Questions and Answers


Questions and Answers

What if someone in my family gets the flu?

Keep them at home if they are sick and try and keep them away from the rest of the household.

If you have concerns about your flu symptoms contact your General Practice team first, or if it is an emergency call 111.

Be prepared
If you need to look after your family at home you will need:

  • Enough food and drink to last for a week.
  • People with the flu need to have plenty of fluids, such as water or diluted fruit juice.
  • Paracetamol to manage fever and pain which is available from pharmacies or supermarkets.
  • Tissues (or toilet paper) and plastic bags for used tissues.

Finally, don't wait until someone gets sick to get your supplies in!

Download this useful guide about how to manage at home with the flu

Guide in other languages [Arabic, Chinese,Japanese,Korean, Samoan]

Why has the Canterbury DHB made free vaccinations available to under 18s again this year?
Evidence suggests people aged over 65 years and aged under 18 years are most susceptible to influenza. Under 18s are also very social and less inclined to keep coughs and sneezes to themselves, or wash their hands as well and as often as they should. They are effective spreaders of germs, often introducing infection to a family.  By extending free vaccinations to under 18s, the whole Canterbury community will be protected because it will be harder for flu to spread. The number in the community affected by flu could be halved if just 20 percent of under 18s are vaccinated this season.

The vaccine is already free to pregnant women, anyone aged over 65 years and those with a chronic health problem.

Why should I get the flu vaccine if it's not free for me too?
Over and above the free flu vaccinations offered to certain groups of people by Canterbury District Health Board, many Canterbury businesses offer the vaccine free to their employees and it is also free to all health care workers. Cantabrians are encouraged to take up the opportunity to get the vaccine whatever way it is offered as it's so important we all try and stay healthy this winter, particularly given that living conditions for many of us have changed, increasing the impact of flu and the chances of developing complications from it. Having the flu vaccine is a smart step towards taking responsibility for your own health as well as that of your family.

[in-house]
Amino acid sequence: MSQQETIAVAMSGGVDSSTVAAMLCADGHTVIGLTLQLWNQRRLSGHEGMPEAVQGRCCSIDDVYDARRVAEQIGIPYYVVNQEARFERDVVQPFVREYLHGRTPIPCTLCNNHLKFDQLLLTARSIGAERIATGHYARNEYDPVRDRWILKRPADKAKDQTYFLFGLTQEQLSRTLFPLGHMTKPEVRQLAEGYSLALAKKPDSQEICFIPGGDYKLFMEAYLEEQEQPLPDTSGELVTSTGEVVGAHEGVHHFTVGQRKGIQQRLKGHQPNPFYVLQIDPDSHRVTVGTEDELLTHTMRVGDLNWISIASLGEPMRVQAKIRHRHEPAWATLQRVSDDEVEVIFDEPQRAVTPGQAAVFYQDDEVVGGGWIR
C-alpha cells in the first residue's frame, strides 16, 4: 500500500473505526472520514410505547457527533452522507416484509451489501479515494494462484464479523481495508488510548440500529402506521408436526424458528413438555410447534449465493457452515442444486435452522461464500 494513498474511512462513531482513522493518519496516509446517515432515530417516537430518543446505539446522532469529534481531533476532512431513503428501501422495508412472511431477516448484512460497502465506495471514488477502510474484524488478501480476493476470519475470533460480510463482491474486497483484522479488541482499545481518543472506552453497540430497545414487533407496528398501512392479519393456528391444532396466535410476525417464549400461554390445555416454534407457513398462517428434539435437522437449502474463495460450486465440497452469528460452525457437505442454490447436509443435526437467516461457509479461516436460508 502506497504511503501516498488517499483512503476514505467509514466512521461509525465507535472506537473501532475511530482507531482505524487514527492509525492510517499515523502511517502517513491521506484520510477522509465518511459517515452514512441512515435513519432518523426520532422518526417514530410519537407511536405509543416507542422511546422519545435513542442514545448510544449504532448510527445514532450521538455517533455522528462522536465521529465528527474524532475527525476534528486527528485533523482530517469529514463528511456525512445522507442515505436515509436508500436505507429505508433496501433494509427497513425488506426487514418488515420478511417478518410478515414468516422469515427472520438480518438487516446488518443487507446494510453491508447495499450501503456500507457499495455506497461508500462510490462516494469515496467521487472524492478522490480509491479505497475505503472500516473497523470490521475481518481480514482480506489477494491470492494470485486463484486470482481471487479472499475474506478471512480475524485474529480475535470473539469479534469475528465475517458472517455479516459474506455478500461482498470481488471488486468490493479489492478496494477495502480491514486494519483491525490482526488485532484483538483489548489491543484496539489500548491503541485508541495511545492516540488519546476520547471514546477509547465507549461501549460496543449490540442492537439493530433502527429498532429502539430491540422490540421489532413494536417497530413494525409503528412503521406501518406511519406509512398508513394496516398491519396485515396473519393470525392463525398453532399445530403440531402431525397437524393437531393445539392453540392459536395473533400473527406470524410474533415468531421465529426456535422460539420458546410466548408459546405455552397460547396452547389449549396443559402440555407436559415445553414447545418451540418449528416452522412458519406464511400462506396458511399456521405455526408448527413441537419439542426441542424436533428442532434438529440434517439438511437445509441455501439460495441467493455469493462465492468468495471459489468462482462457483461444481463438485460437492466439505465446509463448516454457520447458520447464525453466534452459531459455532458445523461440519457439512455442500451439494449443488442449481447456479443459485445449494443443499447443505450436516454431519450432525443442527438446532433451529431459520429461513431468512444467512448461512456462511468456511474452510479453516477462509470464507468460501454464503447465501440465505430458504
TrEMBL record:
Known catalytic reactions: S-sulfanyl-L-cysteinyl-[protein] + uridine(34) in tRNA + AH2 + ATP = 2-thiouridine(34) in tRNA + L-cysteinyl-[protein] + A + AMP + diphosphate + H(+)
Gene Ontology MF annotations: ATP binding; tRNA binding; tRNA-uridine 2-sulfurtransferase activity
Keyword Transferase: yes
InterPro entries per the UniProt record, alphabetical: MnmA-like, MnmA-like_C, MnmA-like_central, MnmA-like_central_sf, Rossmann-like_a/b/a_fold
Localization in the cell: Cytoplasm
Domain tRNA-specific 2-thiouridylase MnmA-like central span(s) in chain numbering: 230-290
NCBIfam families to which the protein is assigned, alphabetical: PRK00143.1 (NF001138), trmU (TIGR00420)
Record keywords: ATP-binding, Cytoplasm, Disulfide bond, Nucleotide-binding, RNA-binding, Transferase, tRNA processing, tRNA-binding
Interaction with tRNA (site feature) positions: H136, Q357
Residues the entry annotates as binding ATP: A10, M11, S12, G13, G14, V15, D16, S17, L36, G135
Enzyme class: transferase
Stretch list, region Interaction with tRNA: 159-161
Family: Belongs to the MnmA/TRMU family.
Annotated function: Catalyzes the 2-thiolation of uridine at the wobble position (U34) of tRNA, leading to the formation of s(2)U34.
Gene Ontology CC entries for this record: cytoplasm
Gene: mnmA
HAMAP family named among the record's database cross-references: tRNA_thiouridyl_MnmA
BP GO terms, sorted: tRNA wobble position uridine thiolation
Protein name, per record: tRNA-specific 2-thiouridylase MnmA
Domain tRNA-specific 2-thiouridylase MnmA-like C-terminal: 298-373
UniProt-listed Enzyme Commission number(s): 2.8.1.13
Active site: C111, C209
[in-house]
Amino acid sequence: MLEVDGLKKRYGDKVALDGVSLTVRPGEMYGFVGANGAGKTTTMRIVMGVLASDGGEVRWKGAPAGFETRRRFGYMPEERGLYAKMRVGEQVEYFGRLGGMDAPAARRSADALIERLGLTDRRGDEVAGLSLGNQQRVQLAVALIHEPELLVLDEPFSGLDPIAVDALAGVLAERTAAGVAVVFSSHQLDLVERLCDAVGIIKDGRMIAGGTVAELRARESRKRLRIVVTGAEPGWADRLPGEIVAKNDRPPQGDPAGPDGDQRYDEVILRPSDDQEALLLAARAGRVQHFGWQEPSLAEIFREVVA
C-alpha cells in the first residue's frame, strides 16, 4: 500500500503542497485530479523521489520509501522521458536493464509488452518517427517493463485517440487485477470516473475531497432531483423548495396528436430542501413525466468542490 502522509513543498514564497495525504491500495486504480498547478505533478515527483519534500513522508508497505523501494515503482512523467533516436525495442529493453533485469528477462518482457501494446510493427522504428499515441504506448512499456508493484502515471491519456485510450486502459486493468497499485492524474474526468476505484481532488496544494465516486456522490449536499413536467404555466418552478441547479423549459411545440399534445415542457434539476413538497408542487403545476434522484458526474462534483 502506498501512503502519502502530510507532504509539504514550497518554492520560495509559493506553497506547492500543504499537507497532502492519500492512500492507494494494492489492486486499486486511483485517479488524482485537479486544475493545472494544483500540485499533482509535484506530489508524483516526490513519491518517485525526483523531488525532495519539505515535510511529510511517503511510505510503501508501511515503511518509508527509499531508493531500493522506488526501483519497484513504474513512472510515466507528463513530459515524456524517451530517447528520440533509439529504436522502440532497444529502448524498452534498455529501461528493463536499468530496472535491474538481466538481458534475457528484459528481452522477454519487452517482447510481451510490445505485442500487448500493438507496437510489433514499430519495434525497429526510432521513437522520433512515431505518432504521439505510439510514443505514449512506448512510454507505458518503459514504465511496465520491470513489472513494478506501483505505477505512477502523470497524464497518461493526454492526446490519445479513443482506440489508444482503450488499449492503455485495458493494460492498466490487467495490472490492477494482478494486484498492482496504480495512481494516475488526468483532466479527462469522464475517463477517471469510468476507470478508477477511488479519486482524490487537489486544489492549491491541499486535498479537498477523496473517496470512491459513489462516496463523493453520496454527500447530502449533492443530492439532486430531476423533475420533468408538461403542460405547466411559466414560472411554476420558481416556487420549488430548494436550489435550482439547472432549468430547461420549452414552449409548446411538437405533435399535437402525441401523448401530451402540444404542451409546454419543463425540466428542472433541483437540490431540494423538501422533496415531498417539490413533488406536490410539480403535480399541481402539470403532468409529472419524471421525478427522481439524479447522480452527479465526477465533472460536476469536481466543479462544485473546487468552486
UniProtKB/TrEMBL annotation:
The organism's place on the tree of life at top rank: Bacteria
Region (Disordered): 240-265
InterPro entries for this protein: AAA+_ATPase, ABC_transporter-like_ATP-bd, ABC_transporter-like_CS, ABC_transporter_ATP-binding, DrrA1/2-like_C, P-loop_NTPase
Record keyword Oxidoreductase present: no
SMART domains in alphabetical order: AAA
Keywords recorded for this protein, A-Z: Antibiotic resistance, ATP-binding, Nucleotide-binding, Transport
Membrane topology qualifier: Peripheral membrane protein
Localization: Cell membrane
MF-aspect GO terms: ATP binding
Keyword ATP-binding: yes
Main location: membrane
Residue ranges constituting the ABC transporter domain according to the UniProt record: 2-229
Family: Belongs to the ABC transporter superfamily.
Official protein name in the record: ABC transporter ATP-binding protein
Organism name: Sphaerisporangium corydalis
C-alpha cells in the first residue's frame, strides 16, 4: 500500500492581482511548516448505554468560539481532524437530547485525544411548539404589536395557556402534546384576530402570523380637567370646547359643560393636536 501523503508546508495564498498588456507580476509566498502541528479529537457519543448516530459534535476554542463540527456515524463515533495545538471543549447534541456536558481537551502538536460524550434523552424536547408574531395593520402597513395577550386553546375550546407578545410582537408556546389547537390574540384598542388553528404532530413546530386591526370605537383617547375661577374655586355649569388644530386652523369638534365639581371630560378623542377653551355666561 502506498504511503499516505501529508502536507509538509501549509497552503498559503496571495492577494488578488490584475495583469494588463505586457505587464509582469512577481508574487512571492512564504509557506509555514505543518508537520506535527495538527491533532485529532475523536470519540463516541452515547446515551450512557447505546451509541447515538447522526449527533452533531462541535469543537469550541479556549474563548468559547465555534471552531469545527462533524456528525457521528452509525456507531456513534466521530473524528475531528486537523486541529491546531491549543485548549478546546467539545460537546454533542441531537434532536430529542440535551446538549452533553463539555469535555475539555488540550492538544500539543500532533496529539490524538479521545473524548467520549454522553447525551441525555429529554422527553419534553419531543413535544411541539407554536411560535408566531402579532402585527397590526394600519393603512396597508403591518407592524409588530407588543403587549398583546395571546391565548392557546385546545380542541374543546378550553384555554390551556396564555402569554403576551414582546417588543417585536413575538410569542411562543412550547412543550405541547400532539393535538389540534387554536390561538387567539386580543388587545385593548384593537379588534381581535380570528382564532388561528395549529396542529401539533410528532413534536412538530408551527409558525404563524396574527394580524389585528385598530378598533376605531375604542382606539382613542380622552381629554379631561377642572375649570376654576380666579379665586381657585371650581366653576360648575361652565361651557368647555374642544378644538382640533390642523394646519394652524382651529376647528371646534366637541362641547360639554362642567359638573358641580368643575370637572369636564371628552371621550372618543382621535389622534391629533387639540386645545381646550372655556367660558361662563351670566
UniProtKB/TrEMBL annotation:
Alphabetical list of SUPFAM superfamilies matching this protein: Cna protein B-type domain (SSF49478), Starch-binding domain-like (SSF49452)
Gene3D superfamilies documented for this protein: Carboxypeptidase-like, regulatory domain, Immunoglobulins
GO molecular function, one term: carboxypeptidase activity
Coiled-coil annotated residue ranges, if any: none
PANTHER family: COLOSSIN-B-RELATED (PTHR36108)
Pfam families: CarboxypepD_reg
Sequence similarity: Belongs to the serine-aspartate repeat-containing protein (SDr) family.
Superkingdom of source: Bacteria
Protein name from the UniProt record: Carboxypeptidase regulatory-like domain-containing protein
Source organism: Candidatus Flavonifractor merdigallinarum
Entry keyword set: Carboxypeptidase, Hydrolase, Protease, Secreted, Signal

How is the flu vaccination linked to earthquake recovery and rebuild?
Free flu vaccinations are one of the main tactics that the Canterbury District Health Board is using to reduce pressure on Canterbury Hospitals.

Apart from the vaccination, how else can I protect myself and my family against the flu?
Wash your hands for 20 seconds with warm water and soap (or alcohol-based rub) and dry your hands well:

  • After coughing and blowing your nose
  • After using the toilet
  • Before you prepare food and eat
  • When you are looking after sick people

Sick people should be encouraged to stay away from those who are well.

Try not to touch your mouth, nose, ears and eyes - or if you do, wash your hands straightaway.

Clean telephones, door handles or other frequently-touched surfaces with disinfectant as the flu virus can live up to 48 hours on surfaces.

Cover your coughs and sneezes with your sleeve, or with a tissue and put it straight in a bin.

One way to avoid catching or spreading influenza in public places is to use an alcohol-based hand rub frequently if one is available, particularly after touching one of those frequently touched surfaces such as handrails and door handles.